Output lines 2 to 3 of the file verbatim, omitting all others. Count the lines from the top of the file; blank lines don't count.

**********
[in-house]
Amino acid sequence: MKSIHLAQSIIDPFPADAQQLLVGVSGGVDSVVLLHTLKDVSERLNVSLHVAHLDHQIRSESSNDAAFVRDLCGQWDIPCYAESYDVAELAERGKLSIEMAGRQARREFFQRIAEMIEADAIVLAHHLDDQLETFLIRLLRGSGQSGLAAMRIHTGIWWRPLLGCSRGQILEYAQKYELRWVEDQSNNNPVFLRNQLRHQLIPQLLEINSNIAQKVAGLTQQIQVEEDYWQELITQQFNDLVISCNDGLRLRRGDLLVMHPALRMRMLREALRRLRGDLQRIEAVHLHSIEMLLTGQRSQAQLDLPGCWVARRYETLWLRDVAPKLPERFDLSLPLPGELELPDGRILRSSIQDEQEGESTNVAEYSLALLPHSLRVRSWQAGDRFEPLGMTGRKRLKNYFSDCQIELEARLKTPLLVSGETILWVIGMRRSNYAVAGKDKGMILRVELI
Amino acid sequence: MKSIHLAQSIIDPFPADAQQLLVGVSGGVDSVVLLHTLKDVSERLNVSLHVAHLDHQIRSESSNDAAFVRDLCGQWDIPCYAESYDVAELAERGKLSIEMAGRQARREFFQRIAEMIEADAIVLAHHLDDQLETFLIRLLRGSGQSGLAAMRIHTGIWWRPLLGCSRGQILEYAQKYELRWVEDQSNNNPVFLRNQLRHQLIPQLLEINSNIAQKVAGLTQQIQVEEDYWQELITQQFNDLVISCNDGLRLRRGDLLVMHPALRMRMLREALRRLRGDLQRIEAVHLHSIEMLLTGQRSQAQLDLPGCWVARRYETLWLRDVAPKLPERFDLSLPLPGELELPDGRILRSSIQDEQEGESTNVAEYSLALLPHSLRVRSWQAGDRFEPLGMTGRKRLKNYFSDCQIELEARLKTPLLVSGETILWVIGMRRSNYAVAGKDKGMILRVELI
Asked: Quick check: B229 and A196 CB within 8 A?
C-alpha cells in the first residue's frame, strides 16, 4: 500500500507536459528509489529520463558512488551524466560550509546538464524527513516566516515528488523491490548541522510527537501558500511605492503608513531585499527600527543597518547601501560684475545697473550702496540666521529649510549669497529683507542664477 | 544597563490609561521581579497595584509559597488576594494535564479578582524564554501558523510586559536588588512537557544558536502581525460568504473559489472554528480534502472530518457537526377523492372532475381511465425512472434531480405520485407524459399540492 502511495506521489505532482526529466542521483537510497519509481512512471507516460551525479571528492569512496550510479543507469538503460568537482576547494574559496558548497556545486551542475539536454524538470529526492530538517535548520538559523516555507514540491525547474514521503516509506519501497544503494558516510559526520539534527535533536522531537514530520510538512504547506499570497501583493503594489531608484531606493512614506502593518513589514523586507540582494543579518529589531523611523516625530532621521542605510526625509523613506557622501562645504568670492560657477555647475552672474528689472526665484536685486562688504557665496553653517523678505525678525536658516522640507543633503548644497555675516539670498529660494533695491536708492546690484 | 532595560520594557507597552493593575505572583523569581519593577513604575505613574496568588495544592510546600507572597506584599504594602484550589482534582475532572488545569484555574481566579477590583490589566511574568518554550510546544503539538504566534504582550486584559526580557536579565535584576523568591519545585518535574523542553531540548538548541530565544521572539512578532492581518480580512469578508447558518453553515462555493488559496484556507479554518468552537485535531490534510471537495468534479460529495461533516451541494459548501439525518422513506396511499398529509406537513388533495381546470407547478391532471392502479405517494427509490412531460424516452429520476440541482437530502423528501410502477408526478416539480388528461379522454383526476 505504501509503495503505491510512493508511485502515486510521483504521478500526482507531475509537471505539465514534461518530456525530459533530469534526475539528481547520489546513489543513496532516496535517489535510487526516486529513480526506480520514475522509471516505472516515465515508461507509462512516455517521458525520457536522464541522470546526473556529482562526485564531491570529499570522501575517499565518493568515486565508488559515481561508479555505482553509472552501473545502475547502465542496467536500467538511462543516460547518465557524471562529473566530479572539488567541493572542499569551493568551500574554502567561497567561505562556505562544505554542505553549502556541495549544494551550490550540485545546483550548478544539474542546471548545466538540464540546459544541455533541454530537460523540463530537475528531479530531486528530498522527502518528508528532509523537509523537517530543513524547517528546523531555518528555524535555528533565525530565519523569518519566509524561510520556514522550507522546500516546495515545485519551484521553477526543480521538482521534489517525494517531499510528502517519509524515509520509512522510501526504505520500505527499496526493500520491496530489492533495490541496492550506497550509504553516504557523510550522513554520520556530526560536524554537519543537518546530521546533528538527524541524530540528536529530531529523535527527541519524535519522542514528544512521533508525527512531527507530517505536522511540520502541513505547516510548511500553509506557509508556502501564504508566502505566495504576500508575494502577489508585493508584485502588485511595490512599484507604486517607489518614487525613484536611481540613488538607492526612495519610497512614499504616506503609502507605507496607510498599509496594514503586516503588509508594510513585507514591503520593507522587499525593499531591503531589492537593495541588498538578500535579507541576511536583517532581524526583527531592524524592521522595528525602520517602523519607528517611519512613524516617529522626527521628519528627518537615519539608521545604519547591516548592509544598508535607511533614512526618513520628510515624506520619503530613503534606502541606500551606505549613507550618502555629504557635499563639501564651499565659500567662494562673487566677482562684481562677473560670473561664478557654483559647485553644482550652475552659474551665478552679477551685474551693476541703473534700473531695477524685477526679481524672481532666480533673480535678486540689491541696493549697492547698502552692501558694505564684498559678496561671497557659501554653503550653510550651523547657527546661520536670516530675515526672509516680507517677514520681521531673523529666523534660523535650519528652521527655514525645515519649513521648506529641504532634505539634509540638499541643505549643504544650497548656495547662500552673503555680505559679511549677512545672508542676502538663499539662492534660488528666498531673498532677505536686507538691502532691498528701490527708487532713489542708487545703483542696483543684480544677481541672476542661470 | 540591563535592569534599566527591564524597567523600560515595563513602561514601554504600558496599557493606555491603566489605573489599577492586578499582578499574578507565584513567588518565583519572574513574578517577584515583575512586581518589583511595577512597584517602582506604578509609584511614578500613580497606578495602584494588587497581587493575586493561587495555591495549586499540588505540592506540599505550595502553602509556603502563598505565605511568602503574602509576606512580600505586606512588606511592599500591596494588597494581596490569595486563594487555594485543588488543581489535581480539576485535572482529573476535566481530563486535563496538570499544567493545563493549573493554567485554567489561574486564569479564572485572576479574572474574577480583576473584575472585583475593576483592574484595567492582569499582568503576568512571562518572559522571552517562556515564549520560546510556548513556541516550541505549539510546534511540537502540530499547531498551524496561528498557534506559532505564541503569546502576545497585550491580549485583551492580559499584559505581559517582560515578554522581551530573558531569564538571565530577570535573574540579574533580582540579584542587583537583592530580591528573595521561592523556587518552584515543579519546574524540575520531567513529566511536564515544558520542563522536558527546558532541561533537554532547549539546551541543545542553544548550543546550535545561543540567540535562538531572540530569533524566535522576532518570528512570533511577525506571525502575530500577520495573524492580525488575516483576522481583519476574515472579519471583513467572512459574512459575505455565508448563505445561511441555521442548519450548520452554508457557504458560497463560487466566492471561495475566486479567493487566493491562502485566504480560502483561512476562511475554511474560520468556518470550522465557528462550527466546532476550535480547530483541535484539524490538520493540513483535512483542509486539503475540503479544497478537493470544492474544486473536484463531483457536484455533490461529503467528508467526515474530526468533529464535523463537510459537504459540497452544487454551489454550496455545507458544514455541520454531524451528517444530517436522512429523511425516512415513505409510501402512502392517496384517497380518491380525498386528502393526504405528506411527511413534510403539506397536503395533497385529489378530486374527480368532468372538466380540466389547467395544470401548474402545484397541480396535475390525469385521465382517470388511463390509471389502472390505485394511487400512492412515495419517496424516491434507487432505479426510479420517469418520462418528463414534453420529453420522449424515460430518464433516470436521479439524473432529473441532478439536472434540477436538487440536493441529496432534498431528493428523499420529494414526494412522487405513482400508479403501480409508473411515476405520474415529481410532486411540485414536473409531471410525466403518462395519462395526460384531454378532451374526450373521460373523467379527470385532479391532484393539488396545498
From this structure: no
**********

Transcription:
Amino acid sequence: MKSIHLAQSIIDPFPADAQQLLVGVSGGVDSVVLLHTLKDVSERLNVSLHVAHLDHQIRSESSNDAAFVRDLCGQWDIPCYAESYDVAELAERGKLSIEMAGRQARREFFQRIAEMIEADAIVLAHHLDDQLETFLIRLLRGSGQSGLAAMRIHTGIWWRPLLGCSRGQILEYAQKYELRWVEDQSNNNPVFLRNQLRHQLIPQLLEINSNIAQKVAGLTQQIQVEEDYWQELITQQFNDLVISCNDGLRLRRGDLLVMHPALRMRMLREALRRLRGDLQRIEAVHLHSIEMLLTGQRSQAQLDLPGCWVARRYETLWLRDVAPKLPERFDLSLPLPGELELPDGRILRSSIQDEQEGESTNVAEYSLALLPHSLRVRSWQAGDRFEPLGMTGRKRLKNYFSDCQIELEARLKTPLLVSGETILWVIGMRRSNYAVAGKDKGMILRVELI
Amino acid sequence: MKSIHLAQSIIDPFPADAQQLLVGVSGGVDSVVLLHTLKDVSERLNVSLHVAHLDHQIRSESSNDAAFVRDLCGQWDIPCYAESYDVAELAERGKLSIEMAGRQARREFFQRIAEMIEADAIVLAHHLDDQLETFLIRLLRGSGQSGLAAMRIHTGIWWRPLLGCSRGQILEYAQKYELRWVEDQSNNNPVFLRNQLRHQLIPQLLEINSNIAQKVAGLTQQIQVEEDYWQELITQQFNDLVISCNDGLRLRRGDLLVMHPALRMRMLREALRRLRGDLQRIEAVHLHSIEMLLTGQRSQAQLDLPGCWVARRYETLWLRDVAPKLPERFDLSLPLPGELELPDGRILRSSIQDEQEGESTNVAEYSLALLPHSLRVRSWQAGDRFEPLGMTGRKRLKNYFSDCQIELEARLKTPLLVSGETILWVIGMRRSNYAVAGKDKGMILRVELI